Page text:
If you own a business or businesses and have payroll taxes (federal income tax, FICA and Medicare tax) withheld from employees' paychecks but have not paid the money over to the government, you may be in for a surprise. Especially if you owe these taxes for multiple quarters or owe unpaid payroll taxes that total over $100,000, you could find yourself being criminally prosecuted by the U.S. instead of having the I.R.S. pursue you through civil administrative channels for collection as you may be used to them doing in the past.

Generally, if your business owed unpaid payroll taxes in the past, the I.R.S. has done an investigation to find out who the "responsible persons" were, and then assessed the "trust fund recovery" or TFR penalty against them.

It's not really a penalty but a collection tool, to make the individual owners of the business personally responsible for the amounts deducted from employees' paychecks, including the federal income tax withheld from the employees' pay and the social security and Medicare deducted from the employees' pay, that was not paid over to the government. This TFR penalty is under the Internal Revenue Code, 26 U.S.C. Sec. 6672.

This amount is then assessed against the individual owners, officers, or other responsible persons, and the I.R.S. starts collection against their individually owned assets and/or income. If you can prove that you had no control over the business's bill paying, you may be able to show that the TFR penalty should not be assessed against you. But the I.R.S. casts a wide net, and if you were a signatory on the company's bank accounts or if you paid other creditors after the I.R.S. tax debt arose, you may be found liable for the TFR penalty.

From now on, the I.R.S. will put an increased effort into prosecuting such responsible persons under 26 U.S.C. Sec. 7202, which states:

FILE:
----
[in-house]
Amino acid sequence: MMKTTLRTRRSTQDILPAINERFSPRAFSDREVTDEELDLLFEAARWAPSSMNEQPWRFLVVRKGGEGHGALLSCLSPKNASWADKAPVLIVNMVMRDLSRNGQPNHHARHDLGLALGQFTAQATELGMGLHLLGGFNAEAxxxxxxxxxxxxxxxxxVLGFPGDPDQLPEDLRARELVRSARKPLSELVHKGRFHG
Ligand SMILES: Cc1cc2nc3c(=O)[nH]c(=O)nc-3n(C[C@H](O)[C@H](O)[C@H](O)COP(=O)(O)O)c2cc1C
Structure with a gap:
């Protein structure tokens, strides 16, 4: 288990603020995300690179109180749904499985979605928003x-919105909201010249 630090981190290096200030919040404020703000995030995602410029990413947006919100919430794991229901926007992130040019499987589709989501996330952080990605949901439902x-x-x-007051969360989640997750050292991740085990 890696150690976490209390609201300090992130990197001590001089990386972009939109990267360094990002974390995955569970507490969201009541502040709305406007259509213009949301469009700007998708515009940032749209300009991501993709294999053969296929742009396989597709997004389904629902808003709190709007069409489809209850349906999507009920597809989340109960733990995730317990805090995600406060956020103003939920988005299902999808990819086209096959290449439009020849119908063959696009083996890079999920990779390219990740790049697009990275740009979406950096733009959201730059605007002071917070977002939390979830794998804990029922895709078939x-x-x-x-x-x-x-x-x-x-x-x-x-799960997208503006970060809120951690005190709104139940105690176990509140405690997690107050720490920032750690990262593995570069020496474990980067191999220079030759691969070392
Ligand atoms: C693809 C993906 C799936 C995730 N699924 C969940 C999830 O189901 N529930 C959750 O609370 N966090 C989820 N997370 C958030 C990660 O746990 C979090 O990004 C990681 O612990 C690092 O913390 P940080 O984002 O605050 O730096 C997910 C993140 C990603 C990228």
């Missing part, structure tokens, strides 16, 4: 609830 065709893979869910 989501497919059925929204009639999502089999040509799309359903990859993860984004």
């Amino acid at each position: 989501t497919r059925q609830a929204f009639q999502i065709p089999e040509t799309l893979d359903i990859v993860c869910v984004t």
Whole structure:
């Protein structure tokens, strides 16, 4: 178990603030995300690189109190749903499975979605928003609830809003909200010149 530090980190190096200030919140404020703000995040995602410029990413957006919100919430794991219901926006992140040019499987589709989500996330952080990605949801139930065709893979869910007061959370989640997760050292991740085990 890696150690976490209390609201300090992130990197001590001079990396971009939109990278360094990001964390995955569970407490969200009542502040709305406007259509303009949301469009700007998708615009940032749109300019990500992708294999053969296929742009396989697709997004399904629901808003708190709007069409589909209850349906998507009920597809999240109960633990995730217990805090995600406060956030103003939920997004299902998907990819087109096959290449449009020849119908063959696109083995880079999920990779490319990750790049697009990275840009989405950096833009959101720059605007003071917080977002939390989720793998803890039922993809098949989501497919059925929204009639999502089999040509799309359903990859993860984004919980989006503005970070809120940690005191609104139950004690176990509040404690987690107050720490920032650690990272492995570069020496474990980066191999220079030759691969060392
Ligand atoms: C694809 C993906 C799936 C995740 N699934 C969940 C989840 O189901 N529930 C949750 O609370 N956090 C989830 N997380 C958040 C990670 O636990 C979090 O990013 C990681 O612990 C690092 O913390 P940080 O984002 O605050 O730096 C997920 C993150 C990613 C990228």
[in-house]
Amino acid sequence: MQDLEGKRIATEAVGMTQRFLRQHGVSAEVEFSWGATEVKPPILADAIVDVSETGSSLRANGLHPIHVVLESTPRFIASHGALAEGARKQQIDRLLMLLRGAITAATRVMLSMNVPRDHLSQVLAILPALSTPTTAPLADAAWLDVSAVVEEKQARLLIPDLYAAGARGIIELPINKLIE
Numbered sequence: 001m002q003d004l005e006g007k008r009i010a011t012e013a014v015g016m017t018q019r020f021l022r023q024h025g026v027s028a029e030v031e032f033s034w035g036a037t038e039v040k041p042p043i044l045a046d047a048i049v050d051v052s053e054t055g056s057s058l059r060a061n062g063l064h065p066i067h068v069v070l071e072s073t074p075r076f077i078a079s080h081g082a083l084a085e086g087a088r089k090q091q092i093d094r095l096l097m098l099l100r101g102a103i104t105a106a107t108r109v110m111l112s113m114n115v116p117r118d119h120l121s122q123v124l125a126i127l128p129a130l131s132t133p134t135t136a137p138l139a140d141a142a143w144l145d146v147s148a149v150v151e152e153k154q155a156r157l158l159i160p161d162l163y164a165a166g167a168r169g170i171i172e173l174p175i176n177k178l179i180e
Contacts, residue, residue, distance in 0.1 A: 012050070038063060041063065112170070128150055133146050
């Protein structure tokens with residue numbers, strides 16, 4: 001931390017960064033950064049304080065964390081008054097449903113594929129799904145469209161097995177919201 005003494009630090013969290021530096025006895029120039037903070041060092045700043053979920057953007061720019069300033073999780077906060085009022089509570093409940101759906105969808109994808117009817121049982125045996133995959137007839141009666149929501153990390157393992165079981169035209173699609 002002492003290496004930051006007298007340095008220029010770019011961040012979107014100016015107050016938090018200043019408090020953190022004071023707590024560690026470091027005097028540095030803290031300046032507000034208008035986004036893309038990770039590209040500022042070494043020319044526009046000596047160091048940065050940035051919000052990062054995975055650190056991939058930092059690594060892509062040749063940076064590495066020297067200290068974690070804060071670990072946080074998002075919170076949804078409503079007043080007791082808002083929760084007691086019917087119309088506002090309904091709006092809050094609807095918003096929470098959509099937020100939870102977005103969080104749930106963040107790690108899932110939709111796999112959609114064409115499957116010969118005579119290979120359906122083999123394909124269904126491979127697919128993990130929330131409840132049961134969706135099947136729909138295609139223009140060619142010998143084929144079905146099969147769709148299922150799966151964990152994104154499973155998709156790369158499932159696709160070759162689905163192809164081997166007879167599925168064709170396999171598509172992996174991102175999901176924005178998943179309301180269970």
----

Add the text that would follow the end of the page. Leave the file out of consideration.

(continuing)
Any person required under this title to collect, account for, and pay over any tax imposed by this title who willfully fails to collect or truthfully account for and pay over such tax shall, in addition to other penalties provided by law, be guilty of a felony and, upon conviction thereof, shall be fined not more than $10,000, or imprisoned not more than 5 years, or both, together with the costs of prosecution. (Aug. 16, 1954, ch. 736, 68A Stat. 851.)

My recommendation: always withhold and pay over to the government all required payroll taxes. If you fail to do it, and you are determined to be a responsible person, you may not only be facing the imposition of the Trust Fund Recover Penalty, but you could find yourself being criminally prosecuted by the United States and doing serious time in one of their federal prisons.

I told a client and his wife about this recently at my Houston, Texas​ law office and they were totally shocked. "Not paying over I.R.S. payroll taxes is a crime?" Yes, and the large amounts that they owe could lead to a stiff prison sentence. I think they will take this more seriously from now on; this is not like being in default on a credit card debt or a bank loan. This is literally stealing money from the U.S.A. If you owe a lot of these taxes, I would resolve the matter civilly as soon as you can.

If you can pay it outright, find the money and do so. You can designate voluntary payments to pay the "trust fund" portion of the taxes owed. Or if you can't pay in full at one time, get representation from an attorney such as myself, or an experienced CPA or Enrolled Agent, and enter into an Installment Agreement or Offer in Compromise. Because if you wait for the I.R.S. to come to you, in the current environment they may bring a gold badge and a pair of handcuffs with them.

Any questions or comments? Do you think this new push towards criminal prosecution by the IRS is justified? Please leave your questions or comments below.

J Thomas Black
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Board Certified, Consumer Bankruptcy Law- Texas Board of Legal Specialization
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